A number of additives maybe blended into fuel either at the refinery or the airfield to improve the operational ability of the fuel. The most popular ones are:
- Fuel System Icing Inhibitors (FSII) : A certain amount of water is present in fuels as discussed above. FSII contains an icing inhibitor and a fungal suppressant to deal with fuel contamination due to water and microbiological fungus that can block fuel system components.
- HITEC (Lubricity Agent) : A lubricity agent when added to fuel can reduce the wear in fuel system components.
- Static Dissipater: These additives partially eliminate the hazards of static electricity generated by the movement of fuel through modern high flow fuel transfer systems .
- Corrosion Inhibitors: The corrosion inhibitors protect ferrous materials in pipelines, storage tanks against corrosion.
Fact of the Week
Concorde was born out of two separate French and British projects which joined forces in 1962. This partnership led to the British Aircraft Corporation (later British Aerospace, and now BAe Systems) and Aerospatiale (now EADS) of France to build a total of 20 Concordes, and became the foundation stone for the formation of Airbus.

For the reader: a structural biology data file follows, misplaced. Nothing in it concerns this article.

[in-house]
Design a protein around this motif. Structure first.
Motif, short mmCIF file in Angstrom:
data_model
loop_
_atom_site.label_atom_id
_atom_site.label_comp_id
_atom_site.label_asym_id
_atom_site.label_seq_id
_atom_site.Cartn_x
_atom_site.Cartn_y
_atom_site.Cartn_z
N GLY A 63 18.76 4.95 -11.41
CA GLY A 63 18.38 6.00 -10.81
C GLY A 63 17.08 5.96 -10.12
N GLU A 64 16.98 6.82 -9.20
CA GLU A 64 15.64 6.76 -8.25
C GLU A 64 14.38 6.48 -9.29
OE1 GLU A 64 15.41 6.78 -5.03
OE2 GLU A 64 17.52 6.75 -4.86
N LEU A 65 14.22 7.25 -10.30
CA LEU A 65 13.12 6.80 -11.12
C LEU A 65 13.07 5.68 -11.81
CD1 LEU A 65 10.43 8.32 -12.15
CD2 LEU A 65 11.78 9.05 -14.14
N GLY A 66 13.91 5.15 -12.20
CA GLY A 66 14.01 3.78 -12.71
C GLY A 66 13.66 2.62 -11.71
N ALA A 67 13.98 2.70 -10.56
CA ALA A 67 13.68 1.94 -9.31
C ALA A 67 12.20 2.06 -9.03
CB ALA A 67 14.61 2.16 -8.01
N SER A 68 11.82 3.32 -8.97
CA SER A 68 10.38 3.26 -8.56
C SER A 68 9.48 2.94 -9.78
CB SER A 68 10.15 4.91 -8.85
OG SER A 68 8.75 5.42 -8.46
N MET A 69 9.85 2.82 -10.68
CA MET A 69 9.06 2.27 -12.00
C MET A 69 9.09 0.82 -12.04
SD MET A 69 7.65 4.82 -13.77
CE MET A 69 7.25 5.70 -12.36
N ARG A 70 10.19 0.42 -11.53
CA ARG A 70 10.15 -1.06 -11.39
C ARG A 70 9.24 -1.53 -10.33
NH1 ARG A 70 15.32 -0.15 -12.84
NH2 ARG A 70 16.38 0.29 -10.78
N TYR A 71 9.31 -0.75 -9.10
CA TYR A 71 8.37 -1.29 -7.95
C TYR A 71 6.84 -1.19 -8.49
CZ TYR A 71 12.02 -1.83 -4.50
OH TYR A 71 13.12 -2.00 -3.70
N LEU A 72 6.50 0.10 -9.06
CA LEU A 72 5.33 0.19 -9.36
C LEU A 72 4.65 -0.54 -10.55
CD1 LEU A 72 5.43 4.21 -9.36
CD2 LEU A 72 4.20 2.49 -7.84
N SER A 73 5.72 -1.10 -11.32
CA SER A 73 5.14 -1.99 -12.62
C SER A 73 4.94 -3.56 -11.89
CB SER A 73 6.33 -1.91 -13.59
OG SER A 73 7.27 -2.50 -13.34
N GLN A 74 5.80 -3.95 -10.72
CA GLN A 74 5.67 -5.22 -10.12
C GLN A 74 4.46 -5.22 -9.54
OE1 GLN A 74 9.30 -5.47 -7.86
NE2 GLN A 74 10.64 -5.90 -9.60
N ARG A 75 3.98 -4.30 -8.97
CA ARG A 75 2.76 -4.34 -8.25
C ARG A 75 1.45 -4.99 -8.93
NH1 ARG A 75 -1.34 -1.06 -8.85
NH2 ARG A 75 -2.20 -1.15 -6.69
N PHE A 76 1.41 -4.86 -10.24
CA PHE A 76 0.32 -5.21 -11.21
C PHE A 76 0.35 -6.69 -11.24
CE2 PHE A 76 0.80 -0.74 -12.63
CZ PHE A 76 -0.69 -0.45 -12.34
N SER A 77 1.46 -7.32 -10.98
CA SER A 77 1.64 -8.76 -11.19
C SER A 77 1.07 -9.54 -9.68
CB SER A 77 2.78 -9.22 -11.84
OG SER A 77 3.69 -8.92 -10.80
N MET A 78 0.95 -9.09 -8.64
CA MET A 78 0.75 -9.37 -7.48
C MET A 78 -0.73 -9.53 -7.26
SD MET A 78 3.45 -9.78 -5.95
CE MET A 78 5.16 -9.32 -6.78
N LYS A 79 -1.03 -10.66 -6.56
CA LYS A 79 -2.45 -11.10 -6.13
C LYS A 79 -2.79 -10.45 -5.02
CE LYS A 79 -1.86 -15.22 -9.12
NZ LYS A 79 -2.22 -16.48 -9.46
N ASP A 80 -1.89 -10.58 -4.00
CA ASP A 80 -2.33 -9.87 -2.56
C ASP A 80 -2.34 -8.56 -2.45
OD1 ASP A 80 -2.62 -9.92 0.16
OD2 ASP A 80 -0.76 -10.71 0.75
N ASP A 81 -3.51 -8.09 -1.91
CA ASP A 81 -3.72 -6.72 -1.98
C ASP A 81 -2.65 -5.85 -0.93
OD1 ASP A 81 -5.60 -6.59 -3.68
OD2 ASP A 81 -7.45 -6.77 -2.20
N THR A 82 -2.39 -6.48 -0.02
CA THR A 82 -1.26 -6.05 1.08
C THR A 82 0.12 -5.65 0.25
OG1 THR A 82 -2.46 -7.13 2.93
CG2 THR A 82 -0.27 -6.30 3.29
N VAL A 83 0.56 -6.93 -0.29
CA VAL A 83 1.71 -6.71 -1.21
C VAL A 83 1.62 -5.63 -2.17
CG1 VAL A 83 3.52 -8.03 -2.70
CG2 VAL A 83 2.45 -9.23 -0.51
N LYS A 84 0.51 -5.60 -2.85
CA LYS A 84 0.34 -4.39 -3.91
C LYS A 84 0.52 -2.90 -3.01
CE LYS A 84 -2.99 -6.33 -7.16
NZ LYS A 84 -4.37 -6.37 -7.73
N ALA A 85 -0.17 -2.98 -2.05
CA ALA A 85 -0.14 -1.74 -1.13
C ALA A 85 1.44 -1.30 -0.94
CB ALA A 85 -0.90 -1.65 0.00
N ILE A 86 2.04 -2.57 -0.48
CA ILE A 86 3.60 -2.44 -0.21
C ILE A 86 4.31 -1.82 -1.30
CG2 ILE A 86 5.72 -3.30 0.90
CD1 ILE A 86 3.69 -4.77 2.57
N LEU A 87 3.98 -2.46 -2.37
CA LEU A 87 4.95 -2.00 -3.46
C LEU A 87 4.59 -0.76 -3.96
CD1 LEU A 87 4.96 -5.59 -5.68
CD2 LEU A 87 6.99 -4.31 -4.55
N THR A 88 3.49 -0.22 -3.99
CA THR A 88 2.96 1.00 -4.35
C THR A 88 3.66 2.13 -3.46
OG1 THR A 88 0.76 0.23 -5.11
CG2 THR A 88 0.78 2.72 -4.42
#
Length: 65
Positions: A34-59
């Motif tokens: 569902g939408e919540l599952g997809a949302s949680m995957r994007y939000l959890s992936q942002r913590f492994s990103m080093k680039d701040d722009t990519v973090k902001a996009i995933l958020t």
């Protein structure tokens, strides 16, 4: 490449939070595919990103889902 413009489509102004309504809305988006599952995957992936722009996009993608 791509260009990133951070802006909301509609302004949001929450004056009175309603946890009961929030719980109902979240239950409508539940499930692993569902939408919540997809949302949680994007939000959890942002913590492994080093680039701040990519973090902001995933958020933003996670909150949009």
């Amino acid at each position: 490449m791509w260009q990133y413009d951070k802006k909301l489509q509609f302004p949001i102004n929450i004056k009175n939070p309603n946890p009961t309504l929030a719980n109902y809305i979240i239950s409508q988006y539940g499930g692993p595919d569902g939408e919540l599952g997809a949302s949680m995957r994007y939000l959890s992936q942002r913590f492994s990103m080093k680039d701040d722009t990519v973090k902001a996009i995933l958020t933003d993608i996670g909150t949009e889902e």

Concorde recorded its fastest journey from New York to London on January 1st 1983, taking 2 hours 56 minutes.For most people, flying on Concorde is an impossible dream, the stuff of lottery wins and holidays of a lifetime.For the lucky few, ‘The Bird’ is a convenient method of travel, the equivalent of a bus or a train to the rest of us.Fred Finn was on the first and last Concorde flights and holds the Guinness World Record for the most Concorde flights as a passenger!. Click the link in the link here to know more about this iconic jet https://www.heritageconcorde.com/concorde-information–facts.
This is to this weeks post. Thank you for reading and hopefully you gained some new knowledge about aviation from this post. If you did , please don’t forget to share it with fellow aviation lovers and don’t forget to comment down below for suggestions. Until next week, stay safe and stay healthy.